Observational studies have suggested that low serum vitamin levels are associated with increased mother-to-child transmission (MTCT) of HIV and increased preterm delivery. We aimed to determine the efficacy of vitamins on the prevention of MTCT and preterm delivery by systematically reviewing the available randomized controlled trials [RCTs]. We conducted systematic searches of 7 electronic databases. We extracted data from the RCTs independently, in duplicate.
We included 4 trials in our review. Of the three trials on Vitamin A, two suggested no difference in MTCT, while the third and largest trial (n = 1078) suggested an increased risk of MTCT (Relative Risk 1.35, 95% Confidence Interval [CI], 1.11–1.66, P = 0.009). Two of the vitamin A trials addressed the impact of supplementation on pre-term delivery; one suggested a benefit (RR 0.65, 95% CI, 0.44–0.94) and the other no difference. All three vitamin A trials found no significant effect on infant mortality at 1 year. Of the two trials that looked at multivitamin use, only one addressed the prevention of MTCT, and found a non-significant RR of 1.04 (95% CI, 0.82–1.32). Two of the multivitamin trials found no significant effects on pre-term delivery. The single multivitamin trial examining children's mortality at 1 year yielded a non-significant RR of 0.91 (95% CI, 0.17–1.17).
Randomized trials of vitamins to prevent MTCT have yielded conflicting results without strong evidence of benefit and have failed to exclude the possibility of harm.
Keywords:HIV; Vitamins; Vitamin A; Mother-to-child transmission; Preterm delivery
In Africa, 55% of HIV-1-positive adults are women, most of childbearing age . Data from antenatal clinics show that in several parts of southern Africa, more than 30% of pregnant women are infected with HIV-1. The fastest growth has been in South Africa, where the prevalence of infection in adults increased from 5% in 1990, to over 25% in 2002 . Mother-to-child transmission (MTCT) of HIV-1 can occur during pregnancy, delivery, and post-partum through breastfeeding. In observational cohort studies, the cumulative rates of transmission are between 25% and 45% of all children born to HIV-1-infected mothers in Africa compared with 10–30% in wealthier countries . This difference is greatly but not totally accounted for by the risk of postnatal transmission in populations in which breastfeeding is common.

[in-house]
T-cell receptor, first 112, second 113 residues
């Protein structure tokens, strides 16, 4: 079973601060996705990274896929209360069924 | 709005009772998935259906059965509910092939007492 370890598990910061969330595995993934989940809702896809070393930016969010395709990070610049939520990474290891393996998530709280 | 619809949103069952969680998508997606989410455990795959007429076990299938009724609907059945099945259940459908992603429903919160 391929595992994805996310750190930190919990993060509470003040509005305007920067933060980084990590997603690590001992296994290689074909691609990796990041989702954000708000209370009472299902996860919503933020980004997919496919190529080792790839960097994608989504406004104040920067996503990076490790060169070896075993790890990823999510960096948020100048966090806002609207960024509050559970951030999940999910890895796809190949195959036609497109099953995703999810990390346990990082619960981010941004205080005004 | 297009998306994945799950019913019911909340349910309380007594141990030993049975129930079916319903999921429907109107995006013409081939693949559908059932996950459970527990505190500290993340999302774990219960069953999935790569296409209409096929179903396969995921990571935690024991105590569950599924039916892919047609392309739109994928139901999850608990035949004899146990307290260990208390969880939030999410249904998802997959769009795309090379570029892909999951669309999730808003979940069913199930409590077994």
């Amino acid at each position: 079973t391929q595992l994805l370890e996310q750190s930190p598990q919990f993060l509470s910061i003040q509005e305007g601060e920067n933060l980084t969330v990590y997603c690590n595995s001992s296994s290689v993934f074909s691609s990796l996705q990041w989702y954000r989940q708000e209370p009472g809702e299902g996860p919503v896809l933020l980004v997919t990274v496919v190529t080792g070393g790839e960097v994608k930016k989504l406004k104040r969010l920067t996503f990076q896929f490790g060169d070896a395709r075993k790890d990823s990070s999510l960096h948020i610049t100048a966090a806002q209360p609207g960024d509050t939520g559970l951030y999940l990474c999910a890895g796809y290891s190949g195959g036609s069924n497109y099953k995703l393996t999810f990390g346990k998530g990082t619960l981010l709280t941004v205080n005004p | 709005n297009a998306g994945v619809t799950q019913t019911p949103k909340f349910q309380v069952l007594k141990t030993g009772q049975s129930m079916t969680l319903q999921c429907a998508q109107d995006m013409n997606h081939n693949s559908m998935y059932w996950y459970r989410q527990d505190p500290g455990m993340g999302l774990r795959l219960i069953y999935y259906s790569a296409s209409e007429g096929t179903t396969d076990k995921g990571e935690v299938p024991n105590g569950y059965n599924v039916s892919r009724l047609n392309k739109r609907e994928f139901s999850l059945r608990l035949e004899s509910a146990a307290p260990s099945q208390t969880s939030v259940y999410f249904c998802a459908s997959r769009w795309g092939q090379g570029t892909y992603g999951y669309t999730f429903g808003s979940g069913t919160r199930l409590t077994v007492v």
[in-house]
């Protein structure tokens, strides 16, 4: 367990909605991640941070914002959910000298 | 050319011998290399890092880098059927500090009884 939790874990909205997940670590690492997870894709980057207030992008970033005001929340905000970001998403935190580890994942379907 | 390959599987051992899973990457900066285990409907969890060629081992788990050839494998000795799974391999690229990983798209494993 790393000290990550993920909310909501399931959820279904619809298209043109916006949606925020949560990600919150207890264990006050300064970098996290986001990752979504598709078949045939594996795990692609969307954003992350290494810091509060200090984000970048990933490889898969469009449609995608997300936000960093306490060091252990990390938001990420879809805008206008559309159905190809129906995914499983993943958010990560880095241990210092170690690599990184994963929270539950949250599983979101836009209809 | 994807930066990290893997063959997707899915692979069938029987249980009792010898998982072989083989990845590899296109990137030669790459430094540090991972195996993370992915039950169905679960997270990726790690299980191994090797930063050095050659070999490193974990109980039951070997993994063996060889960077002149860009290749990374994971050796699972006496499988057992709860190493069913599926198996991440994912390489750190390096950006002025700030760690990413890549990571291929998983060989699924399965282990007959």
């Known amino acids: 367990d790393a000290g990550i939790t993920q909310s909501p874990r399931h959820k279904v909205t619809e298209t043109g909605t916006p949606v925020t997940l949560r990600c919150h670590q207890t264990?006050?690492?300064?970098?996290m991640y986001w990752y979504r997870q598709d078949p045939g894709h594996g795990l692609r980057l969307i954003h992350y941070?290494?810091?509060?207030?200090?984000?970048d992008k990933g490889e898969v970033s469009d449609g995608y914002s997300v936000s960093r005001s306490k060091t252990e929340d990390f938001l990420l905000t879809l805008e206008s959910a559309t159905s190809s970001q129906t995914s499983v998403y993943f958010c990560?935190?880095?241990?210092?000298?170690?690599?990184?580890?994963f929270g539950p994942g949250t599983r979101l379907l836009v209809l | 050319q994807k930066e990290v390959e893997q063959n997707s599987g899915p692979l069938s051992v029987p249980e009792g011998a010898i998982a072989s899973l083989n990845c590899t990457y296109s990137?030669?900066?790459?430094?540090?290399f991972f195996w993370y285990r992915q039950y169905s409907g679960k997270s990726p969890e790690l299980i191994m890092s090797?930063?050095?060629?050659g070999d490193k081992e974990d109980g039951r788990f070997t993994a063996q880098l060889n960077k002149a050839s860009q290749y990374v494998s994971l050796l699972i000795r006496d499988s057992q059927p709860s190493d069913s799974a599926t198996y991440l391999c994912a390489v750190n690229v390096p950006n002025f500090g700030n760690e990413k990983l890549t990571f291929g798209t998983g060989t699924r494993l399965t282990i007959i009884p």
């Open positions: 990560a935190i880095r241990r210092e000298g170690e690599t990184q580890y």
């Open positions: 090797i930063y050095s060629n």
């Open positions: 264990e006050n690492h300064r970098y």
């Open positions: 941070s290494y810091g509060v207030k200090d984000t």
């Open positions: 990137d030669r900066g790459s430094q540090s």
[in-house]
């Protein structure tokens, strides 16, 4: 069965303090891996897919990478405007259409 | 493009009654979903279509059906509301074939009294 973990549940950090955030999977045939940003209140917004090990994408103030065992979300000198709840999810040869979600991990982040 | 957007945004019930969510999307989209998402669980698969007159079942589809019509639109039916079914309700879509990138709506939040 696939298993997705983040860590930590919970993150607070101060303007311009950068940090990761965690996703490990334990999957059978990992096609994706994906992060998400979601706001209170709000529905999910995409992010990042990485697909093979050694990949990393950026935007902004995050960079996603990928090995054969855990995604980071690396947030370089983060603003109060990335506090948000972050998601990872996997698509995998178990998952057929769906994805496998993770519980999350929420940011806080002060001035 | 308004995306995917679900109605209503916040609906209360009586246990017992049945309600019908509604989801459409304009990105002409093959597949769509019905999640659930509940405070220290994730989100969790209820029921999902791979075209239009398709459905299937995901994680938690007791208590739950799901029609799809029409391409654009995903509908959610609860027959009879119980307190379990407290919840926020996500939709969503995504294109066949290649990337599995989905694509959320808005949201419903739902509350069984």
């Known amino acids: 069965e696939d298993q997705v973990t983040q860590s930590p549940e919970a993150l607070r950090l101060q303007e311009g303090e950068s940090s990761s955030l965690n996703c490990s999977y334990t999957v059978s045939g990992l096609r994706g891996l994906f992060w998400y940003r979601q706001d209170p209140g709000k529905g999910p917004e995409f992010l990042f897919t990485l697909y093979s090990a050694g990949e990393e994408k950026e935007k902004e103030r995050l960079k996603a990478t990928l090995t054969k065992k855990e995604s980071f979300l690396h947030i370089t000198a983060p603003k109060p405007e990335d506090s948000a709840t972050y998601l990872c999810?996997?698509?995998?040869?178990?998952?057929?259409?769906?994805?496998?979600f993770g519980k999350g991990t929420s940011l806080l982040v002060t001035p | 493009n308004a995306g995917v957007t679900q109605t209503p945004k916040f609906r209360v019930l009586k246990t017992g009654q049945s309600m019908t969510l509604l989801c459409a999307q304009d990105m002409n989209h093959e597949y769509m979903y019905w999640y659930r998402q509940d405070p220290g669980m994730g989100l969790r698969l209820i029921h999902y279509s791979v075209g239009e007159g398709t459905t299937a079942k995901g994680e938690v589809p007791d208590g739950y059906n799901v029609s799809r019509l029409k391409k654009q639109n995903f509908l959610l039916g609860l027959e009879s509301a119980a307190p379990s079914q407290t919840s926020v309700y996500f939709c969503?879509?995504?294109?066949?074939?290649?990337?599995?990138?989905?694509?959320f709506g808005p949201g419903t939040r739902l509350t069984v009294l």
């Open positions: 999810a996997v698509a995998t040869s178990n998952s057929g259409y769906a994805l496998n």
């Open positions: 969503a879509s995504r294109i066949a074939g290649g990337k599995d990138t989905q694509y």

MTCT is responsible for 5–10% of the total of new HIV infections in many developing countries, with more than 500,000 children being infected each year . In many industrialized countries, the introduction of antiretroviral (ARV) drugs for the prevention of MTCT has dramatically reduced rates of transmission among non-breastfeeding mothers. Improvement is evident as more women enter pregnancy while on combination ARV therapy [2,3]. The limited access to ARV's throughout Africa has, however, led to a search for cheaper alternatives. Observational studies demonstrating an association between low biochemical and dietary levels of micronutrients and MTCT have fueled the hypothesis that micro-nutrient supplementation, particularly with Vitamin A and multivitamin combinations, may reduce vertical transmission [4-9].